At Sudden Impact Marketing, we help enterprise organizations such as Cisco, NetApp, and ABB conduct successful account-based marketing (ABM) programs.
It’s a proven approach that can deepen your customer account penetration or accelerate a prospect engagement.
Over time, we’ve learned a few lessons that can help B2B marketers faster steer their ABM effort toward success.
Here are five things to keep in mind as you plan an ABM initiative.
1. Speak to the entire target organization
You need to make sure your ABM effort encompasses and addresses the entire target organization, including:
But critically—you need to be especially mindful of the parts of the organization you don’t know, and that don’t know you. Gaining the awareness and mindshare of these unknown stakeholders is key.
2. Optimize content for account uniqueness
The content you deploy in ABM efforts needs to speak directly to what your customers or prospects care about. Content that’s “zoomed in” on their needs will resonate more than general messaging.
Creating new content to fit this requirement is essential. Or you can repurpose old content and adjust it to the target account needs of the ABM effort. The best path is often a blend of these two approaches.
The key thing to remember about content: Your ABM materials need to use the terms and language the target organization uses—and stay laser-focused on how you can help that organization achieve its unique goals or overcome its specific challenges.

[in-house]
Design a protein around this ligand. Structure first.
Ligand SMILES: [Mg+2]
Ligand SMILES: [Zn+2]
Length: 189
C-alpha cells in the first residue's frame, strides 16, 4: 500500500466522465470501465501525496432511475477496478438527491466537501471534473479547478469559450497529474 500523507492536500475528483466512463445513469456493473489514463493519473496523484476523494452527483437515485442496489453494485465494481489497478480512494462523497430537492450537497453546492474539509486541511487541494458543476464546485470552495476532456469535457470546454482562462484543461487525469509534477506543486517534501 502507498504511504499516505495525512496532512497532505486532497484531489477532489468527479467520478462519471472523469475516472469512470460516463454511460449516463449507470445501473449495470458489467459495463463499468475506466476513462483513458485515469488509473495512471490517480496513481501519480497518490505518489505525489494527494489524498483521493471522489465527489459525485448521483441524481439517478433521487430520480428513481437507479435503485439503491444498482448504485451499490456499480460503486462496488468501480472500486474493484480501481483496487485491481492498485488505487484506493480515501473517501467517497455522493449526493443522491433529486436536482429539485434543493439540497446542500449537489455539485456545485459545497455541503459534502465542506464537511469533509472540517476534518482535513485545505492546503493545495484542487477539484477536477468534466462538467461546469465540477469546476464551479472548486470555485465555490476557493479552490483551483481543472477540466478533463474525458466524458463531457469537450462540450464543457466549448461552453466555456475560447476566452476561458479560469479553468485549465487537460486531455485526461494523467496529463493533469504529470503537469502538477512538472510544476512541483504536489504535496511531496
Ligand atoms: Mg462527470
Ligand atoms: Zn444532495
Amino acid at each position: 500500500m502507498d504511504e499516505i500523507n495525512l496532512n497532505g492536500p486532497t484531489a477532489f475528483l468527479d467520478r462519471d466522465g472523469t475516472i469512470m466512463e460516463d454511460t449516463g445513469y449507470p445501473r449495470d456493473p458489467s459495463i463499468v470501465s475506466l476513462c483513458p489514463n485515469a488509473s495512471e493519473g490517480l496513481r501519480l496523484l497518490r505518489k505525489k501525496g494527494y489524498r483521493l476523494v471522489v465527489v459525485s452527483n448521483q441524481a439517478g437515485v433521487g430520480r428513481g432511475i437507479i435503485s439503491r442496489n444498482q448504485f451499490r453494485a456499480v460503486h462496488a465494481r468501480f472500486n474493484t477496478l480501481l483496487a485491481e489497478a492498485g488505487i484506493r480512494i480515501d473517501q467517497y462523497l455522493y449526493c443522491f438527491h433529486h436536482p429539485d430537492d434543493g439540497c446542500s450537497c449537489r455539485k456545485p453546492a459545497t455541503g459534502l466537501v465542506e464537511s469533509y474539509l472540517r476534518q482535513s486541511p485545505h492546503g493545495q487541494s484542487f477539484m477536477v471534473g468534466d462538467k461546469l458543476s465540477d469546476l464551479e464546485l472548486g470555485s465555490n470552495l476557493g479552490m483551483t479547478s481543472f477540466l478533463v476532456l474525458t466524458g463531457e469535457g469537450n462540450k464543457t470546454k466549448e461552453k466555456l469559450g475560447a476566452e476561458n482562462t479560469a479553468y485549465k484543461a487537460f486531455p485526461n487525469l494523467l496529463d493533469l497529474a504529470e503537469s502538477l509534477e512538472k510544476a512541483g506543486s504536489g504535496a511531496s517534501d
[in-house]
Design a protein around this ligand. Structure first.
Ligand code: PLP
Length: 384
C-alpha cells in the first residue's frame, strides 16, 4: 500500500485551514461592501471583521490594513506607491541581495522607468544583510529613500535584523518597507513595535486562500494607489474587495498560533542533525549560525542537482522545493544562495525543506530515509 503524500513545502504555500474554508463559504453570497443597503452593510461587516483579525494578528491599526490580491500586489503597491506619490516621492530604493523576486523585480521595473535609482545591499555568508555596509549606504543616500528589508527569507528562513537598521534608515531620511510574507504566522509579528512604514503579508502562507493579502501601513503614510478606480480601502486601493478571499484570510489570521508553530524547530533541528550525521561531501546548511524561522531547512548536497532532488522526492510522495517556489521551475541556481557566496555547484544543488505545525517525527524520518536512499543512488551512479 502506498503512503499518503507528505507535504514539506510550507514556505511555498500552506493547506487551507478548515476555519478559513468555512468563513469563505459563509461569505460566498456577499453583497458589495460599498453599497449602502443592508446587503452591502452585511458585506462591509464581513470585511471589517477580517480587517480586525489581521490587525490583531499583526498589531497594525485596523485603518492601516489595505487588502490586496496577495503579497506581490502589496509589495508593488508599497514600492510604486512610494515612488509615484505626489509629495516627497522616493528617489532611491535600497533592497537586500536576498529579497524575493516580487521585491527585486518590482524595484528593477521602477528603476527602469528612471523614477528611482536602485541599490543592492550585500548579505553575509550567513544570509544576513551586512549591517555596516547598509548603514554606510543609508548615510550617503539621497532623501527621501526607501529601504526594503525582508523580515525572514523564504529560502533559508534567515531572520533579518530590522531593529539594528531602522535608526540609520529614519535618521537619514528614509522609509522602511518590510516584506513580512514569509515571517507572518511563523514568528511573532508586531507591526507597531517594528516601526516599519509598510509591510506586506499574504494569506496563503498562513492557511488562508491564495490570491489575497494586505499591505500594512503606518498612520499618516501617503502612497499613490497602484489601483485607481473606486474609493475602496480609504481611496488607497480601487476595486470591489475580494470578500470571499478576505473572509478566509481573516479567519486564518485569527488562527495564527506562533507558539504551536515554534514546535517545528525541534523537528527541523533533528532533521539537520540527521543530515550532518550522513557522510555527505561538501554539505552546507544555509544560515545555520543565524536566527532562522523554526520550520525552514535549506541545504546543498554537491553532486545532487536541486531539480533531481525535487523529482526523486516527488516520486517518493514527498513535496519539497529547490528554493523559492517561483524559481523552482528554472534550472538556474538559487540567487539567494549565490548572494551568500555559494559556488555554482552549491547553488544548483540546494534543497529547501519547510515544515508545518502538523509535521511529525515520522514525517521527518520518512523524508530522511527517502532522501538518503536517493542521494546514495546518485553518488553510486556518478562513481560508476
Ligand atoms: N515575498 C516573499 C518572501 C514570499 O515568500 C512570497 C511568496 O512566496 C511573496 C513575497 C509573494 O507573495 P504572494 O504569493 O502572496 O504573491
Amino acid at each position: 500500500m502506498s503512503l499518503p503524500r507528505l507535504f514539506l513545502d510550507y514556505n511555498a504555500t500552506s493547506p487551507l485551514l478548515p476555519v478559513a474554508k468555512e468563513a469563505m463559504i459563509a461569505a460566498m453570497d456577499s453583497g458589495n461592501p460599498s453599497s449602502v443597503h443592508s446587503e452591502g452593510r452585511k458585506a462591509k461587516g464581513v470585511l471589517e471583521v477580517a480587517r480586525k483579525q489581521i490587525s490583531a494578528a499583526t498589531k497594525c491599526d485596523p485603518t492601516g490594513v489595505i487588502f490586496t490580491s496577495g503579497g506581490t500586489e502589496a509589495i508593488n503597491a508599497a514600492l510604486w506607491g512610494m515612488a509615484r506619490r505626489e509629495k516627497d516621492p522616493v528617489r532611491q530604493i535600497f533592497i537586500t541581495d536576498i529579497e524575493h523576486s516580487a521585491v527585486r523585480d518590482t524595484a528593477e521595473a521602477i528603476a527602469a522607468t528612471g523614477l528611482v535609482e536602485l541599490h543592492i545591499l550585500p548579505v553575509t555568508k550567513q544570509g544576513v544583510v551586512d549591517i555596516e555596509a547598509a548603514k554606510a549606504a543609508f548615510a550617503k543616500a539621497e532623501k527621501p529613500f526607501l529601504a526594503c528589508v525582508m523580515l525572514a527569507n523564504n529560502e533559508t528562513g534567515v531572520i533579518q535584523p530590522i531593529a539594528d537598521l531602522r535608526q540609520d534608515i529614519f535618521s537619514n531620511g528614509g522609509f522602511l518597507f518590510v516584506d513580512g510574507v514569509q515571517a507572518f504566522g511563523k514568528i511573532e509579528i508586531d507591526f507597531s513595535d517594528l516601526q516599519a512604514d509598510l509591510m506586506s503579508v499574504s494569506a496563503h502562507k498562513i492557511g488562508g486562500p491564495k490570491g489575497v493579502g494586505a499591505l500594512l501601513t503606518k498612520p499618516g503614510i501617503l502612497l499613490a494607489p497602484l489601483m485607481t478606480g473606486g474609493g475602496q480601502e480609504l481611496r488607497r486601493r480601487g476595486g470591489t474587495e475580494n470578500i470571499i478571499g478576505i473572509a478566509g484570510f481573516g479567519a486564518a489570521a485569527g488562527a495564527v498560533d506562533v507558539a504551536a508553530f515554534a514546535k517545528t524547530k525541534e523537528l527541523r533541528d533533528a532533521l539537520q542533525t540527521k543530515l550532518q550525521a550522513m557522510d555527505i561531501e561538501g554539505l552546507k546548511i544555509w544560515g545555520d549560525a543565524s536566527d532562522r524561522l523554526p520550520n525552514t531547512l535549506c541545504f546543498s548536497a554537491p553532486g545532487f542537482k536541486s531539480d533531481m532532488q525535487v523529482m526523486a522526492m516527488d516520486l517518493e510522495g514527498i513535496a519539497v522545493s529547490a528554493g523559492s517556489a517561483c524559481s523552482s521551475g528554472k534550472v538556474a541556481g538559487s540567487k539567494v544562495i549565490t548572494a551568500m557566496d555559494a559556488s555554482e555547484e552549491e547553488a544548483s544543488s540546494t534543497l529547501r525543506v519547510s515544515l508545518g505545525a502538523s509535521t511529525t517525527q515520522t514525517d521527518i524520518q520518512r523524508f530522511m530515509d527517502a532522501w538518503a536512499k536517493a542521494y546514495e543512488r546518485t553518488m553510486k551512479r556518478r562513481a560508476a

3. Feed your database with the contact information you need
Your ABM effort will need to reach offices and stakeholders that you, your sales team, and your executives don’t normally communicate with.
So how do you get in touch with them? One tried-and-true tactic is to reach out to internal resources with a strong local footprint and ask them to tap their networks for information.
Third-party data can also be purchased to fill in the blanks.
4. Strive to create a sense of partnership
No matter how great your services or products are, your ABM program should go beyond just trumpeting their benefits. You need to show how deeply you understand the target organization’s business, provide proof you can solve its challenges, and communicate your commitment to enabling success.
The details of your products absolutely should be shared and discussed—but within the context of a larger discussion that’s focused on business partnership and problem-solving.
As your relationship deepens, you’ll be able to win customer-side advocates that can help you penetrate the organization and reach higher-level decision makers.
5. Be patient
For the ABM practitioner, patience is a virtue. The rapport and sense of partnership you require to be successful takes time to cultivate.
In our experience, the first 6-12 months of a program are all about laying the groundwork and establishing a meaningful connection. Remember that many of the people at your target organization might not know anything about your company in the beginning—and that you may not see significant results at first.
As your effort gains traction, you can expect the outcomes you want in the second year, and the ones that follow it.